There may not be World Championships places at stake in the 4x200m, but many of the world’s leading sprinters have opted to contest the rarely-run event at the IAAF World Relays Yokohama 2019 as part of their early season preparations.
Although the USA has dominated every edition of the World Relays to date, the men’s 4x200m is one discipline they have not yet won.
Jamaica won in 2014 with a world record of 1:18.63 and then retained their title one year later with the USA being disqualified on both occasions. Canada, meanwhile, won in 2017 with USA finishing runners-up.
Canada hasn’t put forward a men’s 4x200m team this year; instead, the four men that carried them to victory in 2017 will contest the 4x100m in Yokohama.
This year USA has fielded a team with two sub-20-second performers in the form of Isiah Young and Remontay McClain. 400m specialist Vernon Norwood, a world 4x400m champion indoors and outdoors in 2016 and 2015 respectively, steps down in distance.
Jamaica’s squad boasts the likes of 2015 world 4x100m champion Rasheed Dwyer, 2013 world 4x100m champion Oshane Bailey, 2016 world U20 200m bronze medallist Nigel Ellis, and sub-20-second man Julian Forte.
Keen to impress the home supporters, Japan has put together a strong line-up for the 4x200m, including Olympic 4x100m silver medallists Aska Cambridge and Shota Iizuka and world 4x100m bronze medallist Kenji Fujimitsu.
South Africa’s team is also strong. African 100m champion Akani Simbine will team up with 2015 world 200m bronze medallist Anaso Jobodwana, 20.01 performer Luxolo Adams and rising talent Sinesipho Dambile.
Paulo Andre de Oliveira has impressed in a handful of early-season races in California and leads a strong Brazilian 4x200m team in Yokohama, while Olympic 200m bronze medallist Christophe Lemaitre headlines the French team.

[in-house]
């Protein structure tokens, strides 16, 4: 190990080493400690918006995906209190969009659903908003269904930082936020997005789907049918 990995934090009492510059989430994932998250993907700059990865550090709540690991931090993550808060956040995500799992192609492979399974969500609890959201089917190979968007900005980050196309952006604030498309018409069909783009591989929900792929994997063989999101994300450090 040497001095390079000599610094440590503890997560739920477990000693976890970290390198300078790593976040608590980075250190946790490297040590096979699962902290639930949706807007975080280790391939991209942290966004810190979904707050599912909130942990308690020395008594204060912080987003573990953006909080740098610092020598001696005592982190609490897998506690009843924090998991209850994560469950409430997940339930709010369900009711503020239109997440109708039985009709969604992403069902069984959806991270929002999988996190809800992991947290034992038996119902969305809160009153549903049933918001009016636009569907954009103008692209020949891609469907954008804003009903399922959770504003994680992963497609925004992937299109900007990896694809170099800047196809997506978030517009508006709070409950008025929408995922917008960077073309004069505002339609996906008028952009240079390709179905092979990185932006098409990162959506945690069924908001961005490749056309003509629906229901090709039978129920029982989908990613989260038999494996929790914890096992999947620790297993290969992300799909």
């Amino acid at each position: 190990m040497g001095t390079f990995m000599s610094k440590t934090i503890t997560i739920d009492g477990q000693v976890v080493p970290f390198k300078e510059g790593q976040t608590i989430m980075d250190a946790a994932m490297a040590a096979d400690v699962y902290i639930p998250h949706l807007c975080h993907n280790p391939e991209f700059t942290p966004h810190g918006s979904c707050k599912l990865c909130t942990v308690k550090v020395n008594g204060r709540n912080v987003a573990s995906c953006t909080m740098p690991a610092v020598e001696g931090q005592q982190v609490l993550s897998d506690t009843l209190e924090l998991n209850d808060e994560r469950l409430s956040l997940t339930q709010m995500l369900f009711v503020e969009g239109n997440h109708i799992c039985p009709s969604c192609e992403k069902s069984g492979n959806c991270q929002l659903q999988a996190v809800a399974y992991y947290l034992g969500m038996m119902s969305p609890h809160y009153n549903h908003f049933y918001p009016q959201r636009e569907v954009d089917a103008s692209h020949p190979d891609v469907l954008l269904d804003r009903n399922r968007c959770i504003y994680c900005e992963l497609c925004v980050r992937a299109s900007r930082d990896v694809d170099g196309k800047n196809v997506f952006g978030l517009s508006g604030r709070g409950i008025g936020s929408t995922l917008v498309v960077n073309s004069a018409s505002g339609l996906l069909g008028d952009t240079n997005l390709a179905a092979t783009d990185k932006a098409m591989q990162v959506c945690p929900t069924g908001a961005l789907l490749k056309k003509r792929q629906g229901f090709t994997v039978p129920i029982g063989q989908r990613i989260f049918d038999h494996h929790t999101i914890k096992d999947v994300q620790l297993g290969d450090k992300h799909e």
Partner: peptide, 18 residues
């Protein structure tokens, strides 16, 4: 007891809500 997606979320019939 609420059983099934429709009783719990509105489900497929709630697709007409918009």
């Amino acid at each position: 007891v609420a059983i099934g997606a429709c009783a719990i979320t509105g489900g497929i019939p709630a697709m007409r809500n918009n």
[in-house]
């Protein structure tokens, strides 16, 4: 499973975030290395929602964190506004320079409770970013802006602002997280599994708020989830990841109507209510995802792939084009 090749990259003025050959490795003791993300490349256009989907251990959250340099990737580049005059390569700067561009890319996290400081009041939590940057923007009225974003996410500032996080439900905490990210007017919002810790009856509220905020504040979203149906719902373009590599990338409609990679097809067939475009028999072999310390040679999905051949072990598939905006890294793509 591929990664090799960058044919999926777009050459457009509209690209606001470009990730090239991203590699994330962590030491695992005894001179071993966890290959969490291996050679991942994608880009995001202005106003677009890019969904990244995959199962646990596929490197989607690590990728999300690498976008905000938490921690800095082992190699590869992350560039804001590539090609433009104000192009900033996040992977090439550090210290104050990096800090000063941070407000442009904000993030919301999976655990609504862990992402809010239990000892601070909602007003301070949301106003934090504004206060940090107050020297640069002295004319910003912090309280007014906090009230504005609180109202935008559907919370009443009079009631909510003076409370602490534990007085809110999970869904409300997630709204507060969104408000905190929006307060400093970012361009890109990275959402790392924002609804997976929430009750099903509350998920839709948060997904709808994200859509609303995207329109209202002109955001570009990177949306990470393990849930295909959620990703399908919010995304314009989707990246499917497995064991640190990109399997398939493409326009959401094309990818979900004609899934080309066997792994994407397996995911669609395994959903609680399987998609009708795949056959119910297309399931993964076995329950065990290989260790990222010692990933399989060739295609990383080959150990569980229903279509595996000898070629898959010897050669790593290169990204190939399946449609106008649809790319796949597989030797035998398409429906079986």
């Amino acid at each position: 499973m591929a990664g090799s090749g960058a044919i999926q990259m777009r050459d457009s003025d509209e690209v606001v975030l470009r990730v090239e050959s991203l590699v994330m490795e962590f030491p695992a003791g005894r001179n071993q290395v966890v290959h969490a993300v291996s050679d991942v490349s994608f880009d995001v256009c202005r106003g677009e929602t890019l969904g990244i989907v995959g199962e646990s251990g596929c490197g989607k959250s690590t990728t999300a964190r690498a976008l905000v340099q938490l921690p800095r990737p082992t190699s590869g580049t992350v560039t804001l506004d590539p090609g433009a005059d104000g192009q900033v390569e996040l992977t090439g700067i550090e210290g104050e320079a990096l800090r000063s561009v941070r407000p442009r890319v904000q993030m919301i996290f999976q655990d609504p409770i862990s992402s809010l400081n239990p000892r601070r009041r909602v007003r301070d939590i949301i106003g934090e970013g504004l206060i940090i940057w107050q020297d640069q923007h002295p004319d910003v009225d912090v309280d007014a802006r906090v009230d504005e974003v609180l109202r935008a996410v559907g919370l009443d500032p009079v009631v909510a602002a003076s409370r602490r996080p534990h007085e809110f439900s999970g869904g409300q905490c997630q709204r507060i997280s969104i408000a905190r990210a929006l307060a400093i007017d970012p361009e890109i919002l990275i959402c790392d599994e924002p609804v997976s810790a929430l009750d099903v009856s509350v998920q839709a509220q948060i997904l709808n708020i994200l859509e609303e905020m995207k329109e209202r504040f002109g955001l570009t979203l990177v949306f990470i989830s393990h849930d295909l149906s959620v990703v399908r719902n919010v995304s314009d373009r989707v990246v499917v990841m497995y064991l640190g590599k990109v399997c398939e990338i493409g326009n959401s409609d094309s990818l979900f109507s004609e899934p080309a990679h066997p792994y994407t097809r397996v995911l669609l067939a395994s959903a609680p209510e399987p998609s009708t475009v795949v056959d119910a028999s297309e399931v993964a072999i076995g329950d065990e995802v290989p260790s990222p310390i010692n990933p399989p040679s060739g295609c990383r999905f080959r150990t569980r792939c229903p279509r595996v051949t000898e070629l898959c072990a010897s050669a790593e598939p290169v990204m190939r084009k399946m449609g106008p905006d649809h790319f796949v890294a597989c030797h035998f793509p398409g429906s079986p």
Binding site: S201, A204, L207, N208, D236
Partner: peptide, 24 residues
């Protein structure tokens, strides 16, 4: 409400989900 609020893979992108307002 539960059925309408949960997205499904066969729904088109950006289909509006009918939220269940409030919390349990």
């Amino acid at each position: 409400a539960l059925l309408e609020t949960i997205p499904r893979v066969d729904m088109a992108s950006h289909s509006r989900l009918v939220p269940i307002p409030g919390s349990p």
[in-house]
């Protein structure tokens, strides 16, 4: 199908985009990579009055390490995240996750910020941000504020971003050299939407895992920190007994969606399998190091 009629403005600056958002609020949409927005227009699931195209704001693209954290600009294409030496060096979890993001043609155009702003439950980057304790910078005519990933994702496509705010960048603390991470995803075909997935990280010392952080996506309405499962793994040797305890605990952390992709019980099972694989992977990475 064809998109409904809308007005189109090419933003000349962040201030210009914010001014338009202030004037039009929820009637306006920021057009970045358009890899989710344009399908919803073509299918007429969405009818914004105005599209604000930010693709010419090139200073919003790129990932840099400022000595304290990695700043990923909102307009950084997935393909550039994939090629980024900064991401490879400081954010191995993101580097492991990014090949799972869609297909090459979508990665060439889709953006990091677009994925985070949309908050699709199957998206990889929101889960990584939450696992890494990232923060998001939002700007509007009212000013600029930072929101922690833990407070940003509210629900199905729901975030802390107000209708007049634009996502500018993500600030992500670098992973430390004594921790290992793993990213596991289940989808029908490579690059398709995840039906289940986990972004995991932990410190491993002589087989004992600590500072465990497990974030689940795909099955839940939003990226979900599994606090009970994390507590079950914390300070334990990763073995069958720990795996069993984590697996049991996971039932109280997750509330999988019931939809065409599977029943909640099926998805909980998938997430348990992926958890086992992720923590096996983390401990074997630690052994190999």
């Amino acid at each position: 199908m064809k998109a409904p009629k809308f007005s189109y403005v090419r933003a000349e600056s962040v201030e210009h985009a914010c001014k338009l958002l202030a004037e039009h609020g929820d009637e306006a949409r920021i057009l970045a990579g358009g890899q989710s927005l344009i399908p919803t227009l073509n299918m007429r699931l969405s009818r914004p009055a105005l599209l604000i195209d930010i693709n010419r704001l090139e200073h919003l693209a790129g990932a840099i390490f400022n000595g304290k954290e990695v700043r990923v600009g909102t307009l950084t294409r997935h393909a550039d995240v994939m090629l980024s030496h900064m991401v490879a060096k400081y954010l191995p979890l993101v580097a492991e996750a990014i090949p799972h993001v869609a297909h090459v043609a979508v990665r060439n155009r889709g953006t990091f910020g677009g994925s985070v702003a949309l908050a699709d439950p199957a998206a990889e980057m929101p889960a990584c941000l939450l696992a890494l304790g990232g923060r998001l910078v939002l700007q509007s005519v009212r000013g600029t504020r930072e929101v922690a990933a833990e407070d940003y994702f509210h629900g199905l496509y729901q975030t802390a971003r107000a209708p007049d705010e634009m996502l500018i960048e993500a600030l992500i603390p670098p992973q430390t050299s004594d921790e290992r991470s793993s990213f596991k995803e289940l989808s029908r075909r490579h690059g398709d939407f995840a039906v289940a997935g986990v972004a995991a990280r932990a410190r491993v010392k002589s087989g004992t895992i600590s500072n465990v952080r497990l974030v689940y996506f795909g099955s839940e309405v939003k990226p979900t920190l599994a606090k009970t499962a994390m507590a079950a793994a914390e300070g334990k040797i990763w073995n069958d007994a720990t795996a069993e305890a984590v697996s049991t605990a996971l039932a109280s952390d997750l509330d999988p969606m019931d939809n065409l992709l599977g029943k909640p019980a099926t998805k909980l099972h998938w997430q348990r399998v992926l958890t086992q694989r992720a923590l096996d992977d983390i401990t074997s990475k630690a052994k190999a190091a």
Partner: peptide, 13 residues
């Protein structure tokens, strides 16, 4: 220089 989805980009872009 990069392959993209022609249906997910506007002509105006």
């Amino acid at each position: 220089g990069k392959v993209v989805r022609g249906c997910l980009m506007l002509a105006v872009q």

Given the strength of their team, Jamaica clearly has every intention of holding on to their 4x200m crown.
Three of the women that contributed to their 2017 victory – Shericka Jackson, Shashalee Forbes and Elaine Thompson – will be joined by two-time Olympic 100m champion Shelly-Ann Fraser-Pryce and 2013 world 400m bronze medallist Stephenie Ann McPherson.
The championship record of 1:29.04 they set two years ago could come under threat. The long-standing world record of 1:27.46, set in 2000, may be a bit of a stretch, but there will likely be numerous revisions to the world all-time list in Yokohama.
After winning in 2014, USA failed to finish in 2015 and was a well-beaten third in 2017. With the likes of 2018 NCAA indoor champion Gabrielle Thomas, 22.02 performer Kyra Jefferson and 2017 NCAA 100m champion Mikiah Brisco in their line-up, they are perhaps the only team that can match Jamaica in terms of pure speed. It’s just a question of which team has the better baton passing.
Nigeria’s team doesn’t look quite as strong as the quartet that won the 4x200m in 2015, but 400m specialist Patience George and sprint hurdler Tobi Amusan will be valuable assets.
China, France, Germany and even Ecuador could all be in contention for a top-three finish, while the support will be strong for the Japanese team.
Jon Mulkeen for the IAAF